I like to think about meditation practice in the same way a musician might think about musical practice.
Just as a good musician works at developing and refining their ability to hear harmonic landscapes, to respond to and sync with rhythmic patterns and grooves, a meditator learns to listen to their experience of being, a process of discerning patterns of sensation, emotion and thought which culminates in a unique process of understanding and expressing their being.
The provisional phrase I’ve used for a while is that meditation is a “contemplative art.” Good art is never about reproducing or replicating someone else’s art. Rather the artist draws from multiple streams of influence (life experience, observation, art works of others, etc), and in working with what has been received the artist collaborates with an internal creative unfolding that gives birth to fresh expression, novel perspective and irreducible beauty.
A few years ago, I fashioned an approach to meditation that I loosely called Yin Meditation. Admittedly, I wrestled with the intrinsic hubris of naming a style of meditation. But I wasn’t aware of an approach to meditation that captured the great variety of contemplative traditions and left room for the creative development of the meditator’s own being. The closest approach I had found – and I need to give full credit where credit is due – was an approach called Recollective Awareness Meditation, developed by Jason Siff. I studied with Jason for a few years, but as much as I was influenced by his approach, I came to feel that there were elements missing from it; and therefore the approach was not fully articulating my understanding and experience of the dharma. Necessity, goes the phrase, is the mother of invention.
In the early days of sharing this receptive and creative approach to meditation, I believed Yin Meditation to be a complete practice. Or another way of saying this is that I felt Yin Meditation transcended and included all other major styles of meditation. But with time, experience and feedback from fellow travelers, I have come to view Yin Meditation as one tool among many contemplative tools – and all of these tools provide unique and complementary ways of seeing into one’s experience and life, facilitating “an onward leading” development of compassion and wisdom.
So how does Yin Meditation fit in with other styles of meditative practice? Just as a musician trains their ear, their sense of time, their technique, their sensitivity in relationship to other musicians, in other words, just as a musician can develop these various musical capacities, I see different meditation approaches as ways of deeping and refining contemplative capacities.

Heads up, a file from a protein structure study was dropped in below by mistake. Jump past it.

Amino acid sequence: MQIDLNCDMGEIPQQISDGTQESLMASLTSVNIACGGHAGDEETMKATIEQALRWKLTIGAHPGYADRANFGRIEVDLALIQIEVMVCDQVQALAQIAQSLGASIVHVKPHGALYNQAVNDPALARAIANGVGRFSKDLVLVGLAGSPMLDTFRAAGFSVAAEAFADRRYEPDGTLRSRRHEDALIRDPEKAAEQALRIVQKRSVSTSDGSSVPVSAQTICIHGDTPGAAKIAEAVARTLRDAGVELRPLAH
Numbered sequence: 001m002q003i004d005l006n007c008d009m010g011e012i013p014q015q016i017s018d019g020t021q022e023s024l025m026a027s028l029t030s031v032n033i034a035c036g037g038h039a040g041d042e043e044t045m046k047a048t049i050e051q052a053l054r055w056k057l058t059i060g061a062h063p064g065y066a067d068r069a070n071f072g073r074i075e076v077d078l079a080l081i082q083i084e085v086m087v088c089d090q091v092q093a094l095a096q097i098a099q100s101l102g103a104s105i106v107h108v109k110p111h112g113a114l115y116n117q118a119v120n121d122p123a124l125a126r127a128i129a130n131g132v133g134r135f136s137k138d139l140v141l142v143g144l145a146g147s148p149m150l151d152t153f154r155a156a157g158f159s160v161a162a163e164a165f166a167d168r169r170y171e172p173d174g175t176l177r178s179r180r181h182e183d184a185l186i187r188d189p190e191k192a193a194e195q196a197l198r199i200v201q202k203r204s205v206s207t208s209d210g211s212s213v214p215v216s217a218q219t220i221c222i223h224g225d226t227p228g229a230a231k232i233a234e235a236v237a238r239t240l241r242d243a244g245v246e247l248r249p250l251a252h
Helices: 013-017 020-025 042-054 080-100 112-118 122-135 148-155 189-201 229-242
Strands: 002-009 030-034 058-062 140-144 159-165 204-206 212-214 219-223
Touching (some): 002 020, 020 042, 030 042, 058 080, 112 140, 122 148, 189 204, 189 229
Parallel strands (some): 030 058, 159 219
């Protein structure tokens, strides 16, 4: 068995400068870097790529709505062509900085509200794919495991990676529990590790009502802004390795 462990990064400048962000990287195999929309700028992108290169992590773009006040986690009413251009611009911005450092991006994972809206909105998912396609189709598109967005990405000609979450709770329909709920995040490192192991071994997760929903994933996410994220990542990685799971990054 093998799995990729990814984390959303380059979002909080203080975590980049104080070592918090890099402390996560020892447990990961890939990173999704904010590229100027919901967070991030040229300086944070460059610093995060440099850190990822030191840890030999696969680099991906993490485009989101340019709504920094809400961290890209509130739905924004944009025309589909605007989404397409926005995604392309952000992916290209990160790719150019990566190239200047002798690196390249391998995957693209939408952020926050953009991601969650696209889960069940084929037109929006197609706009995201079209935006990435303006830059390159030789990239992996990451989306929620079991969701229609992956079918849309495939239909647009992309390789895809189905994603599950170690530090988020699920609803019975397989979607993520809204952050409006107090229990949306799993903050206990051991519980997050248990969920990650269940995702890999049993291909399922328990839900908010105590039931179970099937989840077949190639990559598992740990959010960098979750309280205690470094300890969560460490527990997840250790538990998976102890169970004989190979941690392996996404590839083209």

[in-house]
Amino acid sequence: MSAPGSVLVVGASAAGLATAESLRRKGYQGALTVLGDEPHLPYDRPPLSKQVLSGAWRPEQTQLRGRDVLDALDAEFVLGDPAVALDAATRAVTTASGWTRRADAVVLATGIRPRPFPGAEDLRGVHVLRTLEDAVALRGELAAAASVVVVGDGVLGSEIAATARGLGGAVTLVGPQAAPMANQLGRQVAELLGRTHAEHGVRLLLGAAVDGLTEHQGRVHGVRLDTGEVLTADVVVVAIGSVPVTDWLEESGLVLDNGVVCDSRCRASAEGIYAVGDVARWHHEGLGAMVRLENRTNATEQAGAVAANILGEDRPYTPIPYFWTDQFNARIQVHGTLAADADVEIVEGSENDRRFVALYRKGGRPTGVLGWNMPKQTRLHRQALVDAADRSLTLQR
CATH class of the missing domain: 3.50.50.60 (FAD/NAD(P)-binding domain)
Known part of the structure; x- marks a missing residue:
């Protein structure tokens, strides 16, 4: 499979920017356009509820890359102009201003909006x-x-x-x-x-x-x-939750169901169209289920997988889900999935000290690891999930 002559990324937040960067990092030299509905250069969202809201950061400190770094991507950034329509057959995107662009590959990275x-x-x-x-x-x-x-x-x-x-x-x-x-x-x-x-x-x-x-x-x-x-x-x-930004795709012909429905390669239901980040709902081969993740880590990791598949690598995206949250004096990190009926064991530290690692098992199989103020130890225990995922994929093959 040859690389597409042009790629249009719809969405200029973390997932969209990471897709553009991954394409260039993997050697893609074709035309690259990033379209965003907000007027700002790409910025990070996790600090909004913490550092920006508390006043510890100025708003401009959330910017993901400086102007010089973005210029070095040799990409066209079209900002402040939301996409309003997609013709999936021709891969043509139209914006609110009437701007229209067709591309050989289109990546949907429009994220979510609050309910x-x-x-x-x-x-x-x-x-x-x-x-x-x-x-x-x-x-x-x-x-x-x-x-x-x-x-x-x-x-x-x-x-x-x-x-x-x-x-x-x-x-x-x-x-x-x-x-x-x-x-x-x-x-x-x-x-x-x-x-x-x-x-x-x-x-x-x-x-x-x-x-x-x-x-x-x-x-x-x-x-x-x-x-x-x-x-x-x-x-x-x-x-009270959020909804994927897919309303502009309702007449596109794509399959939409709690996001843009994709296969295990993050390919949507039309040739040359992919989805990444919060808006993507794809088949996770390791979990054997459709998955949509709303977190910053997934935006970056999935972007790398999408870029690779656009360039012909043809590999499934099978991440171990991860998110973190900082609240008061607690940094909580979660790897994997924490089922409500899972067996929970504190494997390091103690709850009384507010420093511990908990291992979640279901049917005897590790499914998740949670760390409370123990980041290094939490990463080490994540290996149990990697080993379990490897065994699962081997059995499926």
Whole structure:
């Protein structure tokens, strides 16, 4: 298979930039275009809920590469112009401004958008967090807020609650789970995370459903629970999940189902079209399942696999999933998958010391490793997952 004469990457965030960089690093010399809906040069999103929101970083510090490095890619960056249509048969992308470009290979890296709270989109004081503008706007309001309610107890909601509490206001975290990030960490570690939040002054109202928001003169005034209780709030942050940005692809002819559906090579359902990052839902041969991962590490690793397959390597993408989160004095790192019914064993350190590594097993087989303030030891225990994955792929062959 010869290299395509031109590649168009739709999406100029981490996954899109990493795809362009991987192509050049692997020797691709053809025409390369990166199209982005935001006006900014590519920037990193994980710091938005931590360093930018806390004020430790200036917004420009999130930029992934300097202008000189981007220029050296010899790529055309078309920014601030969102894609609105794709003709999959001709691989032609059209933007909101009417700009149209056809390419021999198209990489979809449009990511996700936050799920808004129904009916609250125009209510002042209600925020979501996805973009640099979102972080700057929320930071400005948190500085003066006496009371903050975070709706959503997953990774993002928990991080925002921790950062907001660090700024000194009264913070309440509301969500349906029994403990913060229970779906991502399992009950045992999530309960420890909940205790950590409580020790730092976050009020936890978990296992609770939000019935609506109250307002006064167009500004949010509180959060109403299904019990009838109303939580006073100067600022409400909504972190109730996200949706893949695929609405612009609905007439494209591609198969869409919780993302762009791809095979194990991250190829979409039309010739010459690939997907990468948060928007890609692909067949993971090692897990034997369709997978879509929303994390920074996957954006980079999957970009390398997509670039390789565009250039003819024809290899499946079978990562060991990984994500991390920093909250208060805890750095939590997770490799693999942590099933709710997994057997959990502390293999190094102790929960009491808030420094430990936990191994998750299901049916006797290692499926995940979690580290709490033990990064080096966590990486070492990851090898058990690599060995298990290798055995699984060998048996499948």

Here is a way I’ve tried to make sense of some of the many broad, overlapping and mutually reinforcing styles of meditation that I’ve practiced. I find Yin Yang terminology to be a helpful way of framing these various approaches:
- Yin Meditation supports the capacity of the meditator to develop a friendly and gentle relationship to the totality of their experience, including their thinking mind. The emphasis here is to safely cultivate a benevolent relationship with all of oneself.
- Yang Meditation begins to develop the spontaneous appreciation of coming to presence – that is recognizing and appreciating the moments when the mind wakes up, on its own, from being absorbed in and defined by thought – momentarily coming to rest in the effortless noticing of sensation as sensation, sound as sound, thought as thought.
- Yang Vipassana (the sort I practiced in Burma) further refines this perceptual clarity of noticing the elemental contents of experience (ie. sounds, sensations, feelings and thoughts)
- Yin Vipassana (the sort I practiced with Thai Forest teachers) shifts the emphasis from focusing on the contents of experience to sensing the field of awareness that knows the various elements of experience.
There are, of course, other levels/lenses/dimensions to practice, but these four cover a lot of the initial territory of the contemplative journey.
Conceptually, these can look like different styles, each with very different “things to do” within them (and I unpack each of these in much greater depth in the four-day Mindfulness Module intensive that I teach, see below), but the simplest way I can express this is that each kind of practice, or each mode of knowing, is really a different facet of what we might encounter when we’re relaxed, receptive and curious about the nature of our experience. And even though these are listed in a “progressive” order, and although they could be developed individually, they could also simply serve as conceptual landmarks for the skillful navigation, understanding and creative development of one’s own practice. From the analogy of music: a musician will often allocate blocks of practice time for ear training, rhythmic skill, scales and arpeggios, tonal development, etc… but in actual performance all of these capacities meld together within the artistic flow. So, too, with meditative styles.
At the end of the day, your meditation is always your meditation.
With relaxed receptivity as the common denominator to these various approaches, I ultimately merge them together as a cohesive creative Path of Receptivity, or Tao of Yin.
“The Tao does nothing, and yet nothing is left undone.” – Lao Tzu